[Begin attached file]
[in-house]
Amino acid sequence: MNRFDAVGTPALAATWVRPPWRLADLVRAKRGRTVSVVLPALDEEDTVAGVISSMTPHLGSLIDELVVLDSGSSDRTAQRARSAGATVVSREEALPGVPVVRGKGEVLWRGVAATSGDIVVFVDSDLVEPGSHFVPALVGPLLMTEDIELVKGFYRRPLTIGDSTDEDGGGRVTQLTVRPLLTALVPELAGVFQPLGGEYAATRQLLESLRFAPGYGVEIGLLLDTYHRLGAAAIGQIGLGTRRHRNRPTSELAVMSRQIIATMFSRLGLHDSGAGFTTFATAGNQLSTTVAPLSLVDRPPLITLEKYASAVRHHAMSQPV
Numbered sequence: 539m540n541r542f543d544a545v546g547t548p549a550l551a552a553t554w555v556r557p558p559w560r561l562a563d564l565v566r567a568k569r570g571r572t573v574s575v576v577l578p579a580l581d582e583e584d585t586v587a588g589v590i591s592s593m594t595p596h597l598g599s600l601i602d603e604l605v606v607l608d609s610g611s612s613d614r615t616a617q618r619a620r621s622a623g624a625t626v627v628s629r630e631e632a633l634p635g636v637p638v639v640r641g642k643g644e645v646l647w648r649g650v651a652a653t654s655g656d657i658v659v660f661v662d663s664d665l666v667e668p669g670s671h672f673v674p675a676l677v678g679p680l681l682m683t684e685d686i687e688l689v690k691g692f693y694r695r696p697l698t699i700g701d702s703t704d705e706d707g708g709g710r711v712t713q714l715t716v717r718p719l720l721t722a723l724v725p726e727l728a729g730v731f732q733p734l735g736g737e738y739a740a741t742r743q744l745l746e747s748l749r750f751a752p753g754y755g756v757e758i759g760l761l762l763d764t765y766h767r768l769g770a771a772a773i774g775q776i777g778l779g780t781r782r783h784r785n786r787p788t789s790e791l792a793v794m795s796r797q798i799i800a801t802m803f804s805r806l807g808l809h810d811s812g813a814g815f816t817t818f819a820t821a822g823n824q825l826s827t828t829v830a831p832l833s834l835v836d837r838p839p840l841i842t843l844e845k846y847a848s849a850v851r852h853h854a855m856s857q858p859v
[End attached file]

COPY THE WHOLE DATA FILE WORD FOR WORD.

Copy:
[in-house]
Amino acid sequence: MNRFDAVGTPALAATWVRPPWRLADLVRAKRGRTVSVVLPALDEEDTVAGVISSMTPHLGSLIDELVVLDSGSSDRTAQRARSAGATVVSREEALPGVPVVRGKGEVLWRGVAATSGDIVVFVDSDLVEPGSHFVPALVGPLLMTEDIELVKGFYRRPLTIGDSTDEDGGGRVTQLTVRPLLTALVPELAGVFQPLGGEYAATRQLLESLRFAPGYGVEIGLLLDTYHRLGAAAIGQIGLGTRRHRNRPTSELAVMSRQIIATMFSRLGLHDSGAGFTTFATAGNQLSTTVAPLSLVDRPPLITLEKYASAVRHHAMSQPV
Numbered sequence: 539m540n541r542f543d544a545v546g547t548p549a550l551a552a553t554w555v556r557p558p559w560r561l562a563d564l565v566r567a568k569r570g571r572t573v574s575v576v577l578p579a580l581d582e583e584d585t586v587a588g589v590i591s592s593m594t595p596h597l598g599s600l601i602d603e604l605v606v607l608d609s610g611s612s613d614r615t616a617q618r619a620r621s622a623g624a625t626v627v628s629r630e631e632a633l634p635g636v637p638v639v640r641g642k643g644e645v646l647w648r649g650v651a652a653t654s655g656d657i658v659v660f661v662d663s664d665l666v667e668p669g670s671h672f673v674p675a676l677v678g679p680l681l682m683t684e685d686i687e688l689v690k691g692f693y694r695r696p697l698t699i700g701d702s703t704d705e706d707g708g709g710r711v712t713q714l715t716v717r718p719l720l721t722a723l724v725p726e727l728a729g730v731f732q733p734l735g736g737e738y739a740a741t742r743q744l745l746e747s748l749r750f751a752p753g754y755g756v757e758i759g760l761l762l763d764t765y766h767r768l769g770a771a772a773i774g775q776i777g778l779g780t781r782r783h784r785n786r787p788t789s790e791l792a793v794m795s796r797q798i799i800a801t802m803f804s805r806l807g808l809h810d811s812g813a814g815f816t817t818f819a820t821a822g823n824q825l826s827t828t829v830a831p832l833s834l835v836d837r838p839p840l841i842t843l844e845k846y847a848s849a850v851r852h853h854a855m856s857q858p859v